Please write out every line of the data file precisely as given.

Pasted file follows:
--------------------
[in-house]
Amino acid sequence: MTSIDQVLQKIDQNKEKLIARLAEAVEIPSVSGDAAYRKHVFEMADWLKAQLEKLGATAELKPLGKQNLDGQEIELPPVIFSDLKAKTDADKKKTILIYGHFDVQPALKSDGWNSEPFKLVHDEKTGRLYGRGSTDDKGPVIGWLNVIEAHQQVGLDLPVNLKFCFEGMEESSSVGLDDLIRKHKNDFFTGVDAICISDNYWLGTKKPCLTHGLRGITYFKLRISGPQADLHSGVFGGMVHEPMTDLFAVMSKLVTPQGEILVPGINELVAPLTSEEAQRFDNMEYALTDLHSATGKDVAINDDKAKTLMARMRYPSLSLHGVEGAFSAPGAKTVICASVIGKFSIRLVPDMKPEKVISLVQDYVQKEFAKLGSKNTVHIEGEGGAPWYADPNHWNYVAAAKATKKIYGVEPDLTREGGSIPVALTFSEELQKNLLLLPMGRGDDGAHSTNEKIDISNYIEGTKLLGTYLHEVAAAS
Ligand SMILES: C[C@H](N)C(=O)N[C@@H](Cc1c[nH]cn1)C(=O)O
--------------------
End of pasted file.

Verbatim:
[in-house]
Amino acid sequence: MTSIDQVLQKIDQNKEKLIARLAEAVEIPSVSGDAAYRKHVFEMADWLKAQLEKLGATAELKPLGKQNLDGQEIELPPVIFSDLKAKTDADKKKTILIYGHFDVQPALKSDGWNSEPFKLVHDEKTGRLYGRGSTDDKGPVIGWLNVIEAHQQVGLDLPVNLKFCFEGMEESSSVGLDDLIRKHKNDFFTGVDAICISDNYWLGTKKPCLTHGLRGITYFKLRISGPQADLHSGVFGGMVHEPMTDLFAVMSKLVTPQGEILVPGINELVAPLTSEEAQRFDNMEYALTDLHSATGKDVAINDDKAKTLMARMRYPSLSLHGVEGAFSAPGAKTVICASVIGKFSIRLVPDMKPEKVISLVQDYVQKEFAKLGSKNTVHIEGEGGAPWYADPNHWNYVAAAKATKKIYGVEPDLTREGGSIPVALTFSEELQKNLLLLPMGRGDDGAHSTNEKIDISNYIEGTKLLGTYLHEVAAAS
Ligand SMILES: C[C@H](N)C(=O)N[C@@H](Cc1c[nH]cn1)C(=O)O